Concluding from the previous arguments [suspect] thinks it is necessary that the declarant, [co-defendant] and interrogators will be heard to find the truth. The declarant and [co-defendant] to review the accuracy of the charge and interrogation concerning the incriminating facts to [suspect]; the interrogators to verify if [suspect] indeed was in denial at first and whether [suspect] has spontaneously told the story as it appears in the charge or if parts in the interrogation report or the charge have been adopted from the declaration of [co-defendant] which [suspect] may have acknowlegded.
Since due to a typographical error in the address on the letters which I sent to [suspect] these letters were returned to sender (in a late stage) and did not reach [suspect] , this case could not be discussed with him before friday september 26, 2008, being 10 days prior to this hearing which was the reason for not calling for the aforementioned withnesses 10 days prior to the hearing.
The court is considering as follows. In short, the counsel has argued the reliability of the charge and statements in his request. According to the judgement of this court this request is insufficiently substantiated according to legal standards and the documents and the argumentation at the hearing, also considering ther argumentation of the suspect , no indication has risen to further hear these persons as witnesses.
The constituent 'good' as provided for in Article 310 of the Penal Code
The Public Prosecutor has, in short, argued in court that the virtual amulet and the virtual mask are goods which fall under the constituent 'good' as provided for in Article 310 of the Penal code, whereas the counsel has argued the opposite during the hearing.
The court is considering as follows. In this case we have to deal with virtual goods, namely a virtual amulet and a virtual mask from the online game "RuneScape". The following is known ex officio to the court about "RuneScape". "RuneScape is one of the larger online games and especially popular among the youth. Millions of players, socalled online gamers, from all over the world play the game "RuneScape". "RuneScape is set in a virtual world in which the players can participate with their carachters. Players may fullfill assignments ( 'quests'), fight other players and deploy other activities. To this end players can procure 'items' such as a mask or amulet. The items each have a value. This value is expressed in this game in 'coins', fluctiating on the basis of supply and demand of these items.With those 'coins' a player can train skills. The more 'coins' a player posesses, the stronger he is in the game "RuneScape".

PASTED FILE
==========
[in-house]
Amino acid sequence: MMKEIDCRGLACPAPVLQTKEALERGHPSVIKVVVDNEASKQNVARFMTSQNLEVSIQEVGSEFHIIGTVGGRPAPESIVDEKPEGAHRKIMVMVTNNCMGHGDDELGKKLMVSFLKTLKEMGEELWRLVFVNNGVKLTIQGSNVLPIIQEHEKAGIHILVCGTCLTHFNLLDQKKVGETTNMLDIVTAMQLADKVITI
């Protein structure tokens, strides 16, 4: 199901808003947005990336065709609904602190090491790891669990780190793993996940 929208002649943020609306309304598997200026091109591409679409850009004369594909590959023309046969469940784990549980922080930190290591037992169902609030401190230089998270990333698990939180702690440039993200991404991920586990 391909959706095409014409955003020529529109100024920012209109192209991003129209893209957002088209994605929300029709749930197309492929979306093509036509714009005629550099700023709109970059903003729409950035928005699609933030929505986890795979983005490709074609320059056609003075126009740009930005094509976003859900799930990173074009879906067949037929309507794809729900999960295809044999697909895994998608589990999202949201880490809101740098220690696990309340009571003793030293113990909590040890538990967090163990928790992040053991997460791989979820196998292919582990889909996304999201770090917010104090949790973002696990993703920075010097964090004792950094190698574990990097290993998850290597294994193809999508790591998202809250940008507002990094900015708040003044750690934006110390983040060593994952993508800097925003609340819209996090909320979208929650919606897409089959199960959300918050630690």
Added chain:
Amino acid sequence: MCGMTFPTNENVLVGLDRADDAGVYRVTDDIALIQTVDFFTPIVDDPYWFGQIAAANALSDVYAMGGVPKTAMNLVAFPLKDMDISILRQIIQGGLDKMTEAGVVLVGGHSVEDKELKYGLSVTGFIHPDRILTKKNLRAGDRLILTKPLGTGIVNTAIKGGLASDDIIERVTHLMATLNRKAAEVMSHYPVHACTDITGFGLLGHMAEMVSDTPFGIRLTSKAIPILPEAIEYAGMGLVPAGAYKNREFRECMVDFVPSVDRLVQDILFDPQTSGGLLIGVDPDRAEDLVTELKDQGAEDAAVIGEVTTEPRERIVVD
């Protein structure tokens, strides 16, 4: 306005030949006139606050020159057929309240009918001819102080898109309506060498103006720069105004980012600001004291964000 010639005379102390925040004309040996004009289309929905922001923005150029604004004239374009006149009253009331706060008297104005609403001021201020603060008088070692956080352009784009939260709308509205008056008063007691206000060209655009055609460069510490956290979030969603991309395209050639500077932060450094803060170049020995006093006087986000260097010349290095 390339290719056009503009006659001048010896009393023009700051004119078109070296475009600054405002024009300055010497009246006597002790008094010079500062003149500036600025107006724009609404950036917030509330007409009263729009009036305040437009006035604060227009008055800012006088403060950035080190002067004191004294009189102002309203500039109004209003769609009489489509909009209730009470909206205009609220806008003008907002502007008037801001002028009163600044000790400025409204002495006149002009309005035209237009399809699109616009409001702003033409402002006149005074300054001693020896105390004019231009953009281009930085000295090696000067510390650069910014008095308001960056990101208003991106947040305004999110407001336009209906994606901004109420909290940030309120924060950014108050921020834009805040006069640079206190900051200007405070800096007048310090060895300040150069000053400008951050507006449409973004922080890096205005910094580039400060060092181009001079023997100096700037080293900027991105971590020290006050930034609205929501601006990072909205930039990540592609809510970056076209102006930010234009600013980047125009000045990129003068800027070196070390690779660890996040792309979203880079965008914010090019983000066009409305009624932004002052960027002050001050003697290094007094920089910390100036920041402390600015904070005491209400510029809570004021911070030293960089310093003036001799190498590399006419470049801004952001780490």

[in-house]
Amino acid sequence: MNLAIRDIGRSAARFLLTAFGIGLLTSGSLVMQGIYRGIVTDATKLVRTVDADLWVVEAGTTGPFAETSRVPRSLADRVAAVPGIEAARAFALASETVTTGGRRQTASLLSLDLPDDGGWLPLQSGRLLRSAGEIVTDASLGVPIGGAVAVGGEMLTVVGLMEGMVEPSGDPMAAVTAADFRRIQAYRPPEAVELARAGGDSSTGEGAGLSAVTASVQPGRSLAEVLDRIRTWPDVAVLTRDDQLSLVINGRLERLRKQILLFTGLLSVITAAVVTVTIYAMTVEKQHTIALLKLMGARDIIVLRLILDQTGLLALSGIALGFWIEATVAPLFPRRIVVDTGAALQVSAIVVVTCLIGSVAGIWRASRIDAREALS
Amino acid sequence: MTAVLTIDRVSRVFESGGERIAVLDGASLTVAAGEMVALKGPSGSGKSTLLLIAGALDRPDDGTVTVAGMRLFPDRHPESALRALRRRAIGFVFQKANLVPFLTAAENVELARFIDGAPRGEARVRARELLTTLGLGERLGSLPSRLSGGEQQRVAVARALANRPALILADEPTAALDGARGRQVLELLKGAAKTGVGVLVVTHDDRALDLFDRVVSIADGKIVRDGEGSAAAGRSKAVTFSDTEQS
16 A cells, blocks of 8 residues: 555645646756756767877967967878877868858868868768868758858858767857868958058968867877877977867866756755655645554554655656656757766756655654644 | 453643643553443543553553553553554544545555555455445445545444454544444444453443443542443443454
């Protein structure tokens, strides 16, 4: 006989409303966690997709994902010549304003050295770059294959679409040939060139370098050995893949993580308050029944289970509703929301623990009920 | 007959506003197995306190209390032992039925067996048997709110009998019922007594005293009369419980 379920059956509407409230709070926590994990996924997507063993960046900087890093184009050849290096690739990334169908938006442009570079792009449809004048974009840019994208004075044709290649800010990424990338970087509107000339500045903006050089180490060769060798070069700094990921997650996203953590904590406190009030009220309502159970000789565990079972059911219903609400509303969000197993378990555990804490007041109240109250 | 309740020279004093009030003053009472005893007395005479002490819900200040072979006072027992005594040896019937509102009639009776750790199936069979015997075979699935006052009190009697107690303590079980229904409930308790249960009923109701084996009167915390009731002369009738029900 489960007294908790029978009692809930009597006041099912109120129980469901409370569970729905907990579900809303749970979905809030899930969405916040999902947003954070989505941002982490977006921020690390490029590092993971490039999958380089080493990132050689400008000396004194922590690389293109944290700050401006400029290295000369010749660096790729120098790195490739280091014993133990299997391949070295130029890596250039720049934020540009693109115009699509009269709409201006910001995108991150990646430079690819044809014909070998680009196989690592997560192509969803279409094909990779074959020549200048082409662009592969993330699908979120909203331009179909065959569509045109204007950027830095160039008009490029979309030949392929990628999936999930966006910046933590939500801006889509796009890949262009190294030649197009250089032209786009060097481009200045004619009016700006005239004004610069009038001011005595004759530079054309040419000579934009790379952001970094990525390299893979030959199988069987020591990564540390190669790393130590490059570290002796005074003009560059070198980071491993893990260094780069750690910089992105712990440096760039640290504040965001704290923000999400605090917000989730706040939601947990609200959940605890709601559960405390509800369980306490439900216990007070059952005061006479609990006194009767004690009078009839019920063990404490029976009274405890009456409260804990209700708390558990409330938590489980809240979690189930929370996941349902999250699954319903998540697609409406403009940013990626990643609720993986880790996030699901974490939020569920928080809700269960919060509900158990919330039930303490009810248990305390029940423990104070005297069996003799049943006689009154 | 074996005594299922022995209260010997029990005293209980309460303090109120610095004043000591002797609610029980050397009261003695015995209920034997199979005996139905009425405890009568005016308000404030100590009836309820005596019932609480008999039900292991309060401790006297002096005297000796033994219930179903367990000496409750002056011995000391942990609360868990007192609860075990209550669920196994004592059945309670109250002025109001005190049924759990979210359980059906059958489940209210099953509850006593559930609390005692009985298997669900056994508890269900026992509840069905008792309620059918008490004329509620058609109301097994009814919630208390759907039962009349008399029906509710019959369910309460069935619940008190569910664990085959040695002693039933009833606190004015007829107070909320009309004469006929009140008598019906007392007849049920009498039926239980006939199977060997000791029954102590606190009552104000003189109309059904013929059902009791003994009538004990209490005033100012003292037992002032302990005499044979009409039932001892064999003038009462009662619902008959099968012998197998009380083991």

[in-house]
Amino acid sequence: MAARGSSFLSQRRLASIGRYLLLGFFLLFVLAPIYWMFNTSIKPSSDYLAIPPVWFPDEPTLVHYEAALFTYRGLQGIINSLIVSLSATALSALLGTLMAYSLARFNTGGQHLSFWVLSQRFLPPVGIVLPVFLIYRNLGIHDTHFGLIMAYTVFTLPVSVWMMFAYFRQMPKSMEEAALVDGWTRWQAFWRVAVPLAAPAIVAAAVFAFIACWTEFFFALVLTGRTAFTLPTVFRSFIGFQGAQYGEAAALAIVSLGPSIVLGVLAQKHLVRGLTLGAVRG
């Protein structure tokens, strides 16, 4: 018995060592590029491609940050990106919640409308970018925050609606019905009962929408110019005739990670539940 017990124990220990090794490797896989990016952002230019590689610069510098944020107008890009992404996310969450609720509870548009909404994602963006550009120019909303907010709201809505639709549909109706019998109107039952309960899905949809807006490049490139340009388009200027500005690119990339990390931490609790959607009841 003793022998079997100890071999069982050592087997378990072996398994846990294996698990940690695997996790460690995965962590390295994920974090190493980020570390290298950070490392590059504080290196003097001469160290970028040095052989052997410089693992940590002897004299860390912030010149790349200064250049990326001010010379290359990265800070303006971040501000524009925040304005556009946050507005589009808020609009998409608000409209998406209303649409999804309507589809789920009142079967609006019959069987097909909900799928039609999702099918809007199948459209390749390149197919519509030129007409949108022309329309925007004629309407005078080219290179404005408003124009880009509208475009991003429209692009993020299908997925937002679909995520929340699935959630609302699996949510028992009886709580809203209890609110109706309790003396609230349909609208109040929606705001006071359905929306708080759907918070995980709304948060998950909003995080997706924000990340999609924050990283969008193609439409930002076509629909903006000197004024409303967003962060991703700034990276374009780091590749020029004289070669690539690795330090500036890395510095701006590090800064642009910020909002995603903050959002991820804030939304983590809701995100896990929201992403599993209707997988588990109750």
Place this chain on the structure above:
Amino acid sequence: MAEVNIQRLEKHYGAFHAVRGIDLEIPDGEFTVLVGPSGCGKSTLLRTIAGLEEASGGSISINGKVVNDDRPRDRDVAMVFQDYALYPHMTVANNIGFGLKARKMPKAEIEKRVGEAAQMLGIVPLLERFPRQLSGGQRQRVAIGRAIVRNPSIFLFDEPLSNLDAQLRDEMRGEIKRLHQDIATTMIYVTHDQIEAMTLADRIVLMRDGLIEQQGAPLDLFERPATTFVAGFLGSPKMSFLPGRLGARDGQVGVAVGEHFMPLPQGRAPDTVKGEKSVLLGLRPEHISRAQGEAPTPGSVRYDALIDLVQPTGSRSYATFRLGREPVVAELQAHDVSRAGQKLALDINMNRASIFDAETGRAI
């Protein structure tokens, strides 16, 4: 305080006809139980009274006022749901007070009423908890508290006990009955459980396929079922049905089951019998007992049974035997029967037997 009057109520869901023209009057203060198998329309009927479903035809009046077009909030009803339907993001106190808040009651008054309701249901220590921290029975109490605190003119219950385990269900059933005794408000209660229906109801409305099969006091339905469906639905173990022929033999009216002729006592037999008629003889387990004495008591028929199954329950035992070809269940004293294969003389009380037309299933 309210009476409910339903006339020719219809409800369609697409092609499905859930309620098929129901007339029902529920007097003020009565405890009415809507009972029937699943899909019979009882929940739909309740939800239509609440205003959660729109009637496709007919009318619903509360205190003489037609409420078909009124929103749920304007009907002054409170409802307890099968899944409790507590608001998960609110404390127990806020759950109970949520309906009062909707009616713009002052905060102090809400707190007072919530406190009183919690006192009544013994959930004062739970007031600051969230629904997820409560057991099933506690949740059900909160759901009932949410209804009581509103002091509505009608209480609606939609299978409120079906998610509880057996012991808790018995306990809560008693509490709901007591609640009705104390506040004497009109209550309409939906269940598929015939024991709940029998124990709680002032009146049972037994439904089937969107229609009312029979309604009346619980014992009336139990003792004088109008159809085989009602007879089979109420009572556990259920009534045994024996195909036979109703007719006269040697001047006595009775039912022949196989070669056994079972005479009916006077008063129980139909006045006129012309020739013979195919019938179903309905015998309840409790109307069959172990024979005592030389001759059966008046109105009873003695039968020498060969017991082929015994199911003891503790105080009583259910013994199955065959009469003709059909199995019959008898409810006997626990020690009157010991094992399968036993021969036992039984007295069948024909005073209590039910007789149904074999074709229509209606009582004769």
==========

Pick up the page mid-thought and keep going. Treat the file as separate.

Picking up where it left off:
Declarant, suspect and co-defendant each had an account, which gave access to playing "RuneScape" and were also active players of this game. Declarant had in his posesssion a virtual amulet and a virtual mask.
Article 310 of the Penal Code aims to protect the property of citizens In answering the question whether or not virtual goods are 'goods' in the meaning of that article, this aim has to be taken into consideration. There are a number of criteria that must be met for these virtual goods to considered 'goods' in the meaning of this article.